The latest data from the Central Bank of Nigeria (CBN) has shown that the currency in circulation (CIC) reached a year high of N2.5 trillion in May 2023, up by 7.4% from N2.3 trillion in January 2023.
The CIC comprises the currency outside the banking system and the vault cash of banks.
The total money supply in the country however fell slightly for the first time since July 2022 to N55.5 trillion. It was N55.6 trillion in April 2023.
According to the data seen by Nairametrics, currency in circulation rose from N2.3 trillion to N2.5 trillion the highest recorded in 2023, and since the supreme court reversed a CBN policy on new naira notes.
Meanwhile, currency outside banks also rose to N2.1 trillion in May from N2 trillion at the end of April 2023.
Currency in circulation in Nigeria has been on the rise since the supreme court ruled against the new naira notes policy introduced by the apex bank in late 2022.
The policy had been largely criticized by most Nigerians due to its poor implementation and the spate of scarcity it created across several cities in the country.
The central bank stated that the policy was introduced to curb excess money supply, especially physical cash which it claimed contributed to inflation.
The rise follows the Supreme Court ruling
The spate of rise in currency in circulation suggests the country is gradually going back to trends recorded in 2022 when the currency in circulation grew month and month climaxing to about N3.3 trillion in May 2022.
Between February when the currency in circulation was around N982 billion and May this year, currency in circulation has risen by 50%, the fastest we have seen in recent years.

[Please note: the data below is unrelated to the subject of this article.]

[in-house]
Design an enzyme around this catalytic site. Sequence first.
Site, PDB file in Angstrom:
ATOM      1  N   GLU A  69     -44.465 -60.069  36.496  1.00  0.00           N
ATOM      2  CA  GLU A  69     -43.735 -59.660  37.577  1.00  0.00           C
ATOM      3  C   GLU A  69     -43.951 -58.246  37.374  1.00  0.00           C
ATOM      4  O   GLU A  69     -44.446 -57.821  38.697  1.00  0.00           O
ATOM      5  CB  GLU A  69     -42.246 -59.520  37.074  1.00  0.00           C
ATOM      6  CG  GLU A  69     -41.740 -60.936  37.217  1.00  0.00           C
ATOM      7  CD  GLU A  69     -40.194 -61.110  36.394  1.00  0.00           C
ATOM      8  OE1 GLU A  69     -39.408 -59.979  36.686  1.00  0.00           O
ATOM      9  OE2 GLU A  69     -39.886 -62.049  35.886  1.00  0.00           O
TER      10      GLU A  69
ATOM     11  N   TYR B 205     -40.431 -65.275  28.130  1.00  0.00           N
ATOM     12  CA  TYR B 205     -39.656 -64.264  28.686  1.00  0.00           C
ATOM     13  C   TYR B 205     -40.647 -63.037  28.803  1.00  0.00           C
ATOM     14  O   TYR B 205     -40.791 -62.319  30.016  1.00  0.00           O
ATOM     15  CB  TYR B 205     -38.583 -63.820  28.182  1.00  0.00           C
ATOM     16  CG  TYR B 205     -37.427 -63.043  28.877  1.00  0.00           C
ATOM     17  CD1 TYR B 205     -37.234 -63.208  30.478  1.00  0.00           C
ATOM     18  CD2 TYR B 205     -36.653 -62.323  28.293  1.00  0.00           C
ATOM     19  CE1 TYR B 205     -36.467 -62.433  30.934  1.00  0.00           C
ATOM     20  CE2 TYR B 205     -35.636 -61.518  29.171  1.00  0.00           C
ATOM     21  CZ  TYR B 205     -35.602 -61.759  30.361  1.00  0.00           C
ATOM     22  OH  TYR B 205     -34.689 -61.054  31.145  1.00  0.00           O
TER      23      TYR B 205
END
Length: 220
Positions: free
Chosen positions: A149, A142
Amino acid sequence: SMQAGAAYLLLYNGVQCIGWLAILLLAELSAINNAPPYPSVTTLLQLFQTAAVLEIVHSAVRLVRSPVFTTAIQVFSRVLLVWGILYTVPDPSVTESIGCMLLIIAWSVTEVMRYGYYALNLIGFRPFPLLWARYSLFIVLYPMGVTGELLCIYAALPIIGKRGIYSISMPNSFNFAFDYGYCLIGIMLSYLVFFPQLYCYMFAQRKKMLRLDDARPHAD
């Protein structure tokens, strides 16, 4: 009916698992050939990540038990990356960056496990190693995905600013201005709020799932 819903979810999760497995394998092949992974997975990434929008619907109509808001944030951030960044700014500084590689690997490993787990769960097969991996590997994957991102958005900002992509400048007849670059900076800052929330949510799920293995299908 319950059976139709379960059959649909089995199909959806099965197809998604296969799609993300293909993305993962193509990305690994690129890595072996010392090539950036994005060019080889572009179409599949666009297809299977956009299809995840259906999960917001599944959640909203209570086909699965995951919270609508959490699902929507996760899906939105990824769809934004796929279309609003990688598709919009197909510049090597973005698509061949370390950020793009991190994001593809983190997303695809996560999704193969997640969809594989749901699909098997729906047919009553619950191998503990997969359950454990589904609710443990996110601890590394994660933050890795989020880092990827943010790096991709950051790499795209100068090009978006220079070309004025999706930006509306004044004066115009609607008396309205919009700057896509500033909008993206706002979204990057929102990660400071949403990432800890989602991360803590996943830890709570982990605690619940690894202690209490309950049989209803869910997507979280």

In fact, between the 29% month-on-month drop in February, currency in circulation rose 71% to N1.6 trillion in March and 41% from March to N2.3 trillion in April 2023.
Currency outside banks has also risen in a similar trend growing by 71% and 44% month on month in March and April 2023 respectively.
Nairametrics analysts also opine the sharp rise in currency in circulation may also be due to the effect of the central bank policy as more Nigerians may have been dissuaded from saving in banks.
What this means: The recent surge in currency in circulation in Nigeria, accompanied by the rise in currency outside banks, has significant implications for inflation management and exchange rate depreciation.
The increase in physical cash flow, following the Supreme Court ruling against the new naira notes policy, challenges the effectiveness of the measures implemented by the Central Bank of Nigeria (CBN) to control inflation.
As the availability of physical cash grows, there is a possibility of increased demand for foreign currencies, potentially impacting the exchange rate.
Policymakers must closely monitor these developments to ensure effective inflation management and maintain exchange rate stability, fostering a healthy economic environment for Nigeria.
Lower interest rates on customer deposits also affect the increase in money supply as Nigerians prefer to keep their cash than invest in fixed-income securities.
There is also fear that this could compound Nigeria’s exchange rate situation.
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